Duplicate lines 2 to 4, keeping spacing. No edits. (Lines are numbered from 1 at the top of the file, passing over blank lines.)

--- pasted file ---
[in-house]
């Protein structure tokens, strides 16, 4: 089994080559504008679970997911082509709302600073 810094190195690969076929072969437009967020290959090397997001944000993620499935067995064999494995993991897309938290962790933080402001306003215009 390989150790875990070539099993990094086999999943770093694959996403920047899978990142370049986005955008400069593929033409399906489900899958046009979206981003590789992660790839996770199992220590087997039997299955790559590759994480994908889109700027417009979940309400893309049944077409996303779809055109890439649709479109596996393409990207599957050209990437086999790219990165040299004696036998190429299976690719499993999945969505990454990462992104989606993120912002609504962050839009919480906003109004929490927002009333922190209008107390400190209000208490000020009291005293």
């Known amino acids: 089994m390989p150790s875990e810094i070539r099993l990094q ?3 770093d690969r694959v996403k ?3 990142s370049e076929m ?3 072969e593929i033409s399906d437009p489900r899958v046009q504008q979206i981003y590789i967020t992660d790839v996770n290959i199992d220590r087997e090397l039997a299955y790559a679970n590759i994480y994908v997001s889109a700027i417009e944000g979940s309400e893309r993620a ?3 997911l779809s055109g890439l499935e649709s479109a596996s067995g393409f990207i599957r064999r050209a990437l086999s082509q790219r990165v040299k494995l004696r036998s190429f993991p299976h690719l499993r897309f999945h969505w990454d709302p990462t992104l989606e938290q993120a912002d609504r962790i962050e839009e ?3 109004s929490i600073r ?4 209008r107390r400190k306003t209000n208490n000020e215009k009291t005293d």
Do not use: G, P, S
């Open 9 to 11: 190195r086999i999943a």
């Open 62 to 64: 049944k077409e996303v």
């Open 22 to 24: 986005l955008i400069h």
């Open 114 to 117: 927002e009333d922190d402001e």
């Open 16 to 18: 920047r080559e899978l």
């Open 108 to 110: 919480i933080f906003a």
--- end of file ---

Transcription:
């Protein structure tokens, strides 16, 4: 089994080559504008679970997911082509709302600073 810094190195690969076929072969437009967020290959090397997001944000993620499935067995064999494995993991897309938290962790933080402001306003215009 390989150790875990070539099993990094086999999943770093694959996403920047899978990142370049986005955008400069593929033409399906489900899958046009979206981003590789992660790839996770199992220590087997039997299955790559590759994480994908889109700027417009979940309400893309049944077409996303779809055109890439649709479109596996393409990207599957050209990437086999790219990165040299004696036998190429299976690719499993999945969505990454990462992104989606993120912002609504962050839009919480906003109004929490927002009333922190209008107390400190209000208490000020009291005293």
């Known amino acids: 089994m390989p150790s875990e810094i070539r099993l990094q ?3 770093d690969r694959v996403k ?3 990142s370049e076929m ?3 072969e593929i033409s399906d437009p489900r899958v046009q504008q979206i981003y590789i967020t992660d790839v996770n290959i199992d220590r087997e090397l039997a299955y790559a679970n590759i994480y994908v997001s889109a700027i417009e944000g979940s309400e893309r993620a ?3 997911l779809s055109g890439l499935e649709s479109a596996s067995g393409f990207i599957r064999r050209a990437l086999s082509q790219r990165v040299k494995l004696r036998s190429f993991p299976h690719l499993r897309f999945h969505w990454d709302p990462t992104l989606e938290q993120a912002d609504r962790i962050e839009e ?3 109004s929490i600073r ?4 209008r107390r400190k306003t209000n208490n000020e215009k009291t005293d």
Do not use: G, P, S